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Budgetary frustrations

Keizer’s government is getting ready for budget committee meetings that will commence next month. The budget committee, comprised of all seven city councilors and seven citizens, will discuss and debate the budget as presented by the city manager and the finance director. After a series of public meetings the committee will vote on the budget recommendations they will forward to the city council for final approval in June.

Every year in recent times, the city’s budget has resulted in frustration all around from committee members to councilors to residents. By its very nature a budget will disappoint people—pet projects won’t be funded. For years now, additional and needed police officers have not been funded because the city’s PERS and health insurance financial obligations take precedence.

The same is true for the city’s 19 parks. Keizer’s parks receive a mere $300,000 out of the city’s budget each year. Park supporters are doing something about it; they just finished a citizen survey to see if homeowners would get behind a surcharge to their water/sewer bills to be used solely for parks. The results were released earlier this month; the council will schedule a special meeting to look at what the next steps might be. No decision will be made on adding a surcharge without lots of input from residents via public hearings.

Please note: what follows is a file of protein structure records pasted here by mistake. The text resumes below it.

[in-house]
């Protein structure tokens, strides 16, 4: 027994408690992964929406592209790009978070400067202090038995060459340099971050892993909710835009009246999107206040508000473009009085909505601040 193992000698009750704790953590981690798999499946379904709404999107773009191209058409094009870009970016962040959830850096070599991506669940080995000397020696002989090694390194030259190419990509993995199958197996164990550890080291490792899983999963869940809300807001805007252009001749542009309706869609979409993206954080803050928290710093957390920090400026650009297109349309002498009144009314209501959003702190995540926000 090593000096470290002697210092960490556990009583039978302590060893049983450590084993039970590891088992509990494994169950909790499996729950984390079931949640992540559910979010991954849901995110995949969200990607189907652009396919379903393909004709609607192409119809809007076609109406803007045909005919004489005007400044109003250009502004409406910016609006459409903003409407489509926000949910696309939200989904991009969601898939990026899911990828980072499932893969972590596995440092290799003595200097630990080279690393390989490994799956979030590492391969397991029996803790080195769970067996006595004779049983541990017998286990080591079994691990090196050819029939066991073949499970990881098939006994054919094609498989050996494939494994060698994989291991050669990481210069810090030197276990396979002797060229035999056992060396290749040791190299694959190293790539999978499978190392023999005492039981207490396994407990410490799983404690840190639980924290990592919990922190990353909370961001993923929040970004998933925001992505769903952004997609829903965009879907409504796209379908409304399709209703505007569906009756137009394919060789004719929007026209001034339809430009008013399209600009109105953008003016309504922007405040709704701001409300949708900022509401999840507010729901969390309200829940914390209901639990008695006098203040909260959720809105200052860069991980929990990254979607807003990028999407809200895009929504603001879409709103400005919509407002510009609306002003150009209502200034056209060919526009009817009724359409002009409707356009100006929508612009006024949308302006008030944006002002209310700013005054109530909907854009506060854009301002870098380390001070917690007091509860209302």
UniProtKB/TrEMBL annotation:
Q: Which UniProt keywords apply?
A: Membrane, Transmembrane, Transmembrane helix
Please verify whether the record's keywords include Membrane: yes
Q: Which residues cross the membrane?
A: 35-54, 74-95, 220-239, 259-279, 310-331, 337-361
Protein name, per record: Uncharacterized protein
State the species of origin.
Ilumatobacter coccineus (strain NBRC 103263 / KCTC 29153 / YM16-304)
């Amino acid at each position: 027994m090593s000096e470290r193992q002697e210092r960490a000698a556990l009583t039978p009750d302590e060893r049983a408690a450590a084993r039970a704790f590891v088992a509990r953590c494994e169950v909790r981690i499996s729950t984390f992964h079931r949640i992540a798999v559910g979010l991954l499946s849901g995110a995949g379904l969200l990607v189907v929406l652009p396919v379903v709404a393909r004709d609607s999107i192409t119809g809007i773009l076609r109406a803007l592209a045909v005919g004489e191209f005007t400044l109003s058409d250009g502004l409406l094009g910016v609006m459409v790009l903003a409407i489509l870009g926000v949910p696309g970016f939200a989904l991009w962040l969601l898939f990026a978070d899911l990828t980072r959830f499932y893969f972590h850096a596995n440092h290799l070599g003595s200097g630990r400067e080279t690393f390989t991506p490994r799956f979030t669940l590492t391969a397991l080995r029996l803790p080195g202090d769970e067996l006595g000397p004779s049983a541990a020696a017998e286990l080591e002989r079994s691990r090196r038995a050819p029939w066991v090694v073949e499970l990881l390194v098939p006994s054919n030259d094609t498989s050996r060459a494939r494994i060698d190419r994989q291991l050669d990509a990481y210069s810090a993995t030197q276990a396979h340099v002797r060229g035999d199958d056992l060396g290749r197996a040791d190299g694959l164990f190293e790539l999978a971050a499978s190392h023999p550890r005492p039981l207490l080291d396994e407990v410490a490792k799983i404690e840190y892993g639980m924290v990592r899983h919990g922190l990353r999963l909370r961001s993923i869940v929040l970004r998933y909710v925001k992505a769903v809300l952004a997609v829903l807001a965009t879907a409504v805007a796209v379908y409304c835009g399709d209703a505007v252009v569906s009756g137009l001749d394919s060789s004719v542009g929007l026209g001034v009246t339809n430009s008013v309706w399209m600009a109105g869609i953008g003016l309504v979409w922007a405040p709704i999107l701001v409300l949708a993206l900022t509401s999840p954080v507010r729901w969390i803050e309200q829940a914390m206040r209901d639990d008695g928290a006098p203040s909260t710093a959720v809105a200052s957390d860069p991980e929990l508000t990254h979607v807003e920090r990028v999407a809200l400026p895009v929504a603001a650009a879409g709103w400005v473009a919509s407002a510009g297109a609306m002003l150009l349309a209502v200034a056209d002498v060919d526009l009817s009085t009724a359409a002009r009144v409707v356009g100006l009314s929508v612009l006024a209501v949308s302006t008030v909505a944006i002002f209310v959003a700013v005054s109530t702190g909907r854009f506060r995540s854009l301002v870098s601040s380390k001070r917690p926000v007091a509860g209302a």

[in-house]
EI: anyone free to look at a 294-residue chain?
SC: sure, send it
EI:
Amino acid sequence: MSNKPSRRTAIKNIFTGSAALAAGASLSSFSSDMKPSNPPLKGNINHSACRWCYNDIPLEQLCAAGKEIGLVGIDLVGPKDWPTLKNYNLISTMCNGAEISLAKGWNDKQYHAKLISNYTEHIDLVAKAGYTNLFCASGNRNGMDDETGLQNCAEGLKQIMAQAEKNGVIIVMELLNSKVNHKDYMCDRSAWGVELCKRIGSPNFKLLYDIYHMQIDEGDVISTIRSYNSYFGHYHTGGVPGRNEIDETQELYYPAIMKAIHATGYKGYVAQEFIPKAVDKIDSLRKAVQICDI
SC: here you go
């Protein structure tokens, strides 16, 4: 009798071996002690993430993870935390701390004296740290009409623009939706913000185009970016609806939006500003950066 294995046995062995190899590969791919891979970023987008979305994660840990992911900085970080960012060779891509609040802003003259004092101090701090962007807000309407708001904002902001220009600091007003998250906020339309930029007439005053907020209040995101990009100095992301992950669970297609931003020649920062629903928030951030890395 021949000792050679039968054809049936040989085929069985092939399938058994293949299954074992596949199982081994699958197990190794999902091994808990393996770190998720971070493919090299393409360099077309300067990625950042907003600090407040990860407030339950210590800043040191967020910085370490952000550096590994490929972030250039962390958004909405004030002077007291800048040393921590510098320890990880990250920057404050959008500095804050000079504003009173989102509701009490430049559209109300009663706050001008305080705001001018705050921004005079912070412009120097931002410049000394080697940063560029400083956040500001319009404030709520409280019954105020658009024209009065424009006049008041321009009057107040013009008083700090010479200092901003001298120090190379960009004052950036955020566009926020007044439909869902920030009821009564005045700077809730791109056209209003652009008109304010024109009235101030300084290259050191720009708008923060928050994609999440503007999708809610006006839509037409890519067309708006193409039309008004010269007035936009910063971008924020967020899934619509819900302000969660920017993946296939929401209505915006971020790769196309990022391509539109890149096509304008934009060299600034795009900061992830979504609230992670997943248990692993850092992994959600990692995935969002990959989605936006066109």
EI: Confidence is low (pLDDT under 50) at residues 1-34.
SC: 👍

Is this a route police supporters can travel as well? We think it would be heavy lifting to ask homeowners to be enthusiastic about adding a second surcharge to water bills to augment current budget levels for the Keizer Police Department.

We can all be frustrated that there is not enough money to pay for the things we want. Any serious, civic-minded government will always fund what is needed first before funding what is wanted.

It is no longer a matter of living within one’s means. The city’s means are constantly chipped away with yearly increases in PERS and health insurance expenses.

The decision was made decades ago to change the tax system in Oregon, that included freezing city tax rates where they were. Our city of 37,000 operates on $2.08 per every $1,000 of property valuation. It used to be a right of bragging that Keizer had the lowest tax rate of any full service in Oregon. No one’s bragging now.

No one likes taxes. But, at the same time no one likes potholes or overgrown parks or high crime. Our taxes pay for the services we depend upon.

The city of Ontario, at the far eastern end of the state, has its own financial problems. Leaders there are taking the extraordinary step of considering adding a sales tax. Desperate times call for desperate measures. A sales tax may be a bridge too far, but we must get creative.

It would be unfortunate if the only choice left to us was to lay off city employees or close city parks or  raise fees the city charges. Barring a change in the ability to raise the city’s tax rate, we’ll have to finance city operations the old fashioned way—levies and bonds.